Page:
7.6 out of 10

Upper East Side

Ranked 10th best neighborhood in Manhattan
40.7708238844615 -73.9593921005254
Great for
  • Shopping Options
  • Clean & Green
  • Peace & Quiet
  • Safe & Sound
  • Gym & Fitness
Not great for
  • Parking
  • Cost of Living
  • Nightlife
  • Internet Access
  • Resale or Rental Value
Who lives here?
  • Families with kids
  • Retirees
  • Professionals
  • Singles
  • Tourists

Reviews

5/5 rating details
  • Neighborly Spirit 4/5
  • Safe & Sound 4/5
  • Clean & Green 4/5
  • Pest Free 2/5
  • Peace & Quiet 4/5
  • Eating Out 5/5
  • Nightlife 5/5
  • Parks & Recreation 5/5
  • Shopping Options 5/5
  • Gym & Fitness 4/5
  • Internet Access 4/5
  • Lack of Traffic 2/5
  • Parking 2/5
  • Cost of Living 2/5
  • Resale or Rental Value 4/5
  • Public Transport 3/5
  • Medical Facilities 5/5
  • Schools 5/5
  • Childcare 5/5
Jan 25, 2011
Editors Choice

"A Little Bit of Country Right in the City"

The Upper East Side has long been the neighborhood for Manhattan's upper crust. It has variously been referred to as the "Gold Coast" of the city and the "Silk Stocking District" this last name deriving from the fact that wealthy people who dress well live in this area.

The neighborhood continues to be home to some of the city's wealthiest families. With the revitalization of many downtown areas, the Upper East Side is not quite as expensive as it was at one time, although prices are still out of the reach of most middle income families. However, if you look carefully and are willing to make do with a walk up, you can still find some good deals.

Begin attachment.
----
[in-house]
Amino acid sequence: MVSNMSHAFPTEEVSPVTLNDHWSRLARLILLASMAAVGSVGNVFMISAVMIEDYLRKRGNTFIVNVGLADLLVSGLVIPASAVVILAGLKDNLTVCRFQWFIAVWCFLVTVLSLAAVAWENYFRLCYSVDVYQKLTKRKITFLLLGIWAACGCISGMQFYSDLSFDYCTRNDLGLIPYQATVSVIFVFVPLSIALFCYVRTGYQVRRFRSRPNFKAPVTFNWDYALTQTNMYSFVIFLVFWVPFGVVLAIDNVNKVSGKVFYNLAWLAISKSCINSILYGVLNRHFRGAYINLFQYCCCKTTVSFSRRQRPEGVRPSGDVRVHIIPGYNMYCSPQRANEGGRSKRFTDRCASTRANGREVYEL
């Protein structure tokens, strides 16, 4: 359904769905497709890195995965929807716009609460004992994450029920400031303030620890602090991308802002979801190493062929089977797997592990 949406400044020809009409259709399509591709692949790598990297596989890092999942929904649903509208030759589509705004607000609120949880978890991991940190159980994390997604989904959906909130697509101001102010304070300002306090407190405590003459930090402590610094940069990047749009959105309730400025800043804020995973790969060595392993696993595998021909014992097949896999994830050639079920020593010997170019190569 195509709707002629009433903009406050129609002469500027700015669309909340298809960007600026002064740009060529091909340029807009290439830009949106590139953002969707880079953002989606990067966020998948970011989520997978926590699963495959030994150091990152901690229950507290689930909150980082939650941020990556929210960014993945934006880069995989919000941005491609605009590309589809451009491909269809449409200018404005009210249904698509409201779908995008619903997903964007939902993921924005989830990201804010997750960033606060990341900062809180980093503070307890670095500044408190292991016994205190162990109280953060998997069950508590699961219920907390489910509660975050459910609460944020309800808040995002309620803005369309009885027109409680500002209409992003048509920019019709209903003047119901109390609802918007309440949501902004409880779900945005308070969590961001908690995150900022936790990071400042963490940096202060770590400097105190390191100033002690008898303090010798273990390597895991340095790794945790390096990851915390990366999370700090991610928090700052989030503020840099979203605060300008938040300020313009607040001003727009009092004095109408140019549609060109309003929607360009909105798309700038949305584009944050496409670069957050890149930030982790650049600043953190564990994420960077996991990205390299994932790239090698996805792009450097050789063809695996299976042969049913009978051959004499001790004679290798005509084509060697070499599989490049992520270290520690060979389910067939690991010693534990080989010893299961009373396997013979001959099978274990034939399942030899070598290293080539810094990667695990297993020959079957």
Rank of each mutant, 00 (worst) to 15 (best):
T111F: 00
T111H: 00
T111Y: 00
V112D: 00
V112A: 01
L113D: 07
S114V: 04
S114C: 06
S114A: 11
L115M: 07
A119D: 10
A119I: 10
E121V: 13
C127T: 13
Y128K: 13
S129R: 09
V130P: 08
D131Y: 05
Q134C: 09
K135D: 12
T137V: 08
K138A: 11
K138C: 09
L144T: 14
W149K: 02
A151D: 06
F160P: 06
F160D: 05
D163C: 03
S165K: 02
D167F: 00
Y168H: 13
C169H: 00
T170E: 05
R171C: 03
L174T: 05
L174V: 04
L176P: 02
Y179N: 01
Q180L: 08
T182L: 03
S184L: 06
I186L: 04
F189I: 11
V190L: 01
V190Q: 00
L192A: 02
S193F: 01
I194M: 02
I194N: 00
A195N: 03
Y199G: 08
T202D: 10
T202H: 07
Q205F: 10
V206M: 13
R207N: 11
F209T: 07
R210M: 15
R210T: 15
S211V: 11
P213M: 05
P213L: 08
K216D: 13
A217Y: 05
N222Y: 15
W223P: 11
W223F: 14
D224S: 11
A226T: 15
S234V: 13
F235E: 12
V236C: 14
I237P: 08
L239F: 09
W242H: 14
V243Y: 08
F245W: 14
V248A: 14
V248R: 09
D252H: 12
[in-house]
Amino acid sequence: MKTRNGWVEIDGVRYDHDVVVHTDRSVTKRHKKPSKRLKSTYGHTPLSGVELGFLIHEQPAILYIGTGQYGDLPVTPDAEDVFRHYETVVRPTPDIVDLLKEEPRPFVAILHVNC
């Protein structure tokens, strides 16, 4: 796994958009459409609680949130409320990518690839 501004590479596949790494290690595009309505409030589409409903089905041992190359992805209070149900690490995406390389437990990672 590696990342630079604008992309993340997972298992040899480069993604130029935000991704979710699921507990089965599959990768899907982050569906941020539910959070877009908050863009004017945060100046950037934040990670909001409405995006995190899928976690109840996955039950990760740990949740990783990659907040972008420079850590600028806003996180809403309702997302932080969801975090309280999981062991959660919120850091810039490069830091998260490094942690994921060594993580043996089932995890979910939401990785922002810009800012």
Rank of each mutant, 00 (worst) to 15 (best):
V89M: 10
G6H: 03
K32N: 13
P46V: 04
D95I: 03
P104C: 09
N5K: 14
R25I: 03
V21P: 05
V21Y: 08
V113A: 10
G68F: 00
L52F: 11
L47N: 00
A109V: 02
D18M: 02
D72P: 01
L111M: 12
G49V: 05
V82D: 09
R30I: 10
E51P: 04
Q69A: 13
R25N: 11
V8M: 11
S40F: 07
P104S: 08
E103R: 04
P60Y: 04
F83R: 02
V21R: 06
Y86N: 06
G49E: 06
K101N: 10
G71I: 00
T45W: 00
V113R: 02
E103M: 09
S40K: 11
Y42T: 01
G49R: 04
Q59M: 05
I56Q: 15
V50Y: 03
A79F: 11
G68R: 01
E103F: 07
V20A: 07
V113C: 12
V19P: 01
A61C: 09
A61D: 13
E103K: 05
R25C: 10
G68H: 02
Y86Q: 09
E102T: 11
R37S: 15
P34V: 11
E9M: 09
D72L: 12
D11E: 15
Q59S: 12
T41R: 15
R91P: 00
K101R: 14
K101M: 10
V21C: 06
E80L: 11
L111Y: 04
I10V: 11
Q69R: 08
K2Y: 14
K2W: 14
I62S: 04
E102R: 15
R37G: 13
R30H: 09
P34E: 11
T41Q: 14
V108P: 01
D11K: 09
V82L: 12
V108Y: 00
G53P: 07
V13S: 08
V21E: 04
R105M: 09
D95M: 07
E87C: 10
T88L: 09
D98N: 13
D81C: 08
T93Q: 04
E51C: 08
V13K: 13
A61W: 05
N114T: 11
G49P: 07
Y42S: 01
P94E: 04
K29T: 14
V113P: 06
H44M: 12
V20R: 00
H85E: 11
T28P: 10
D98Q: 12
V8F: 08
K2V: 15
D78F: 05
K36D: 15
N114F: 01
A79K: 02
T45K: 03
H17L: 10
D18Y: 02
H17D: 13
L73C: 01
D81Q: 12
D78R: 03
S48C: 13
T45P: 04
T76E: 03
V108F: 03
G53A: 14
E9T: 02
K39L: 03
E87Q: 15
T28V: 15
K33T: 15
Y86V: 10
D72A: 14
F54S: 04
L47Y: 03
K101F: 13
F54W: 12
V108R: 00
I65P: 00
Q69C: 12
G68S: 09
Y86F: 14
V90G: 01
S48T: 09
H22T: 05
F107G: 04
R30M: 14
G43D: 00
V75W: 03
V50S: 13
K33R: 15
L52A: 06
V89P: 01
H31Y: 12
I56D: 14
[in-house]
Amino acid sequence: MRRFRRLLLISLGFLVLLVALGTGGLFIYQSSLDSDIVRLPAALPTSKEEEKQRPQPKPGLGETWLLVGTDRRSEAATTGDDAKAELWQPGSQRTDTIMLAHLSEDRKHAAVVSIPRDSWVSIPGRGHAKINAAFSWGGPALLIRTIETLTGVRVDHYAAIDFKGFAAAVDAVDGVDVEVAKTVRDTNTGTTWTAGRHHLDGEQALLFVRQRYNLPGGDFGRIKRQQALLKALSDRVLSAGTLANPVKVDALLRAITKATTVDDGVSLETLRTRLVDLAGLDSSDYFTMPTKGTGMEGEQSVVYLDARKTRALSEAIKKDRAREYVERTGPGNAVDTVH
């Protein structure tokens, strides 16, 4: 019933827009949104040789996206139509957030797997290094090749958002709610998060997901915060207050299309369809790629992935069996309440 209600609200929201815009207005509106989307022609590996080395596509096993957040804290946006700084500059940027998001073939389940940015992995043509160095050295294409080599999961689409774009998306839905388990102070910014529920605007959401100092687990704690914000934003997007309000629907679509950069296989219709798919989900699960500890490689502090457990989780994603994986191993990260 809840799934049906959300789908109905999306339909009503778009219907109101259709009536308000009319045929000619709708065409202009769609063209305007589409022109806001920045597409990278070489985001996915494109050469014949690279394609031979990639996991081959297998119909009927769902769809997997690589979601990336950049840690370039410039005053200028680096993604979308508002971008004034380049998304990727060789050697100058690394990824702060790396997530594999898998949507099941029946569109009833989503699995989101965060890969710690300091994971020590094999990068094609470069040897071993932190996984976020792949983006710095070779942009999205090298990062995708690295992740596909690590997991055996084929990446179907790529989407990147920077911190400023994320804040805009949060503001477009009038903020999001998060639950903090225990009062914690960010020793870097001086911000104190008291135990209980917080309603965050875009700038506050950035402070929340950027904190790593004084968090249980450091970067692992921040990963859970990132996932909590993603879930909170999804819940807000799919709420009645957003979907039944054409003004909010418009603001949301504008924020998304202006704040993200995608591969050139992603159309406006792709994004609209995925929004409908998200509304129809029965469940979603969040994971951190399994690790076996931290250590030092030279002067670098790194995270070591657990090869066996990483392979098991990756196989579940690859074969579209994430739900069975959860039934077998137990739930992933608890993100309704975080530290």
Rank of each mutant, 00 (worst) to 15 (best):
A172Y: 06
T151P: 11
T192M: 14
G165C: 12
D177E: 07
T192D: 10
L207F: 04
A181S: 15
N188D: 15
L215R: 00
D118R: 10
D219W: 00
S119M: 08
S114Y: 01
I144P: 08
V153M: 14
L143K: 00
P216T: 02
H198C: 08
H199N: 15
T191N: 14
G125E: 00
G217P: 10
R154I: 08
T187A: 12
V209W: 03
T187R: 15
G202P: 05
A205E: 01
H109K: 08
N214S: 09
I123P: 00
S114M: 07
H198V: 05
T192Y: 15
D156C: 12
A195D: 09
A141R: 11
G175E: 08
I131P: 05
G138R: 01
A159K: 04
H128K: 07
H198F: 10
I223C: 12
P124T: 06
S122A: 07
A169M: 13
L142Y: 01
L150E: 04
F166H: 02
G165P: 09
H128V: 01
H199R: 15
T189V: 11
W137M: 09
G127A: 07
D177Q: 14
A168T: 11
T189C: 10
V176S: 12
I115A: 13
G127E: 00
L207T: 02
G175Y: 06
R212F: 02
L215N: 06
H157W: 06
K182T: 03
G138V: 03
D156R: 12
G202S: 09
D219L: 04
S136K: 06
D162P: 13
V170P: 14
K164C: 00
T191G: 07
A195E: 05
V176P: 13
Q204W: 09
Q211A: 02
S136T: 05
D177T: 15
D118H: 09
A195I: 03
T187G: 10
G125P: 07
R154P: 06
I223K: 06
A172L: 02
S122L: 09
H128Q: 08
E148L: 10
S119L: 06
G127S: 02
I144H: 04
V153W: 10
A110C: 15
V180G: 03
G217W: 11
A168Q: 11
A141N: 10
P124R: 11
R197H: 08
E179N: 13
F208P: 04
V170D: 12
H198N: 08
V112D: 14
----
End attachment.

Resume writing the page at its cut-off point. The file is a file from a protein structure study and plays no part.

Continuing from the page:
The Upper East Side covers a relatively large area and extends form the East Driver to 5th Avenue and 59th Street to 96th Street. The area is composed of many types of buildings, brownstones, new residential developments, large pre-war co-ops, town homes, and mansions that line the block between Fifth and Park Avenues.

The schools in the area are excellent which make it an attractive housing option for young families. There is the Dalton School that occupies three adjacent town homes on East 91st Street, The Spence School, also on East 91st Street, and the Rudolph Steiner School, with two branches: the upper school on East 78th and the lower school on East 79th. What is widely considered to be the best elementary public school in Manhattan is also located in this neighborhood, P.S. 6 (a.k.a. The Lillie Devereaux Blake School) located on East 81 Street.

The area is rich in culture with several museums situated along Museum Mile which extends along Fifth Avenue from 82nd Street to 105th Street. Along this mile is the Metropolitan Museum of Art on 82nd Street, the Solomon R. Guggenheim Museum on 88th Street (octagon-shaped building), The Cooper Hewitt Museum of Design on 91st Street, the Jewish Museum on 92nd Street, the Museum of the City of New York on on 103rd Street, and the El Museo del Barrio on 104th Street. A fun event is the Museum Mile Festival in June when Fifth Avenue is closed to traffic and the museums are open to the public. There are also many street performers and musicians providing added entertainment.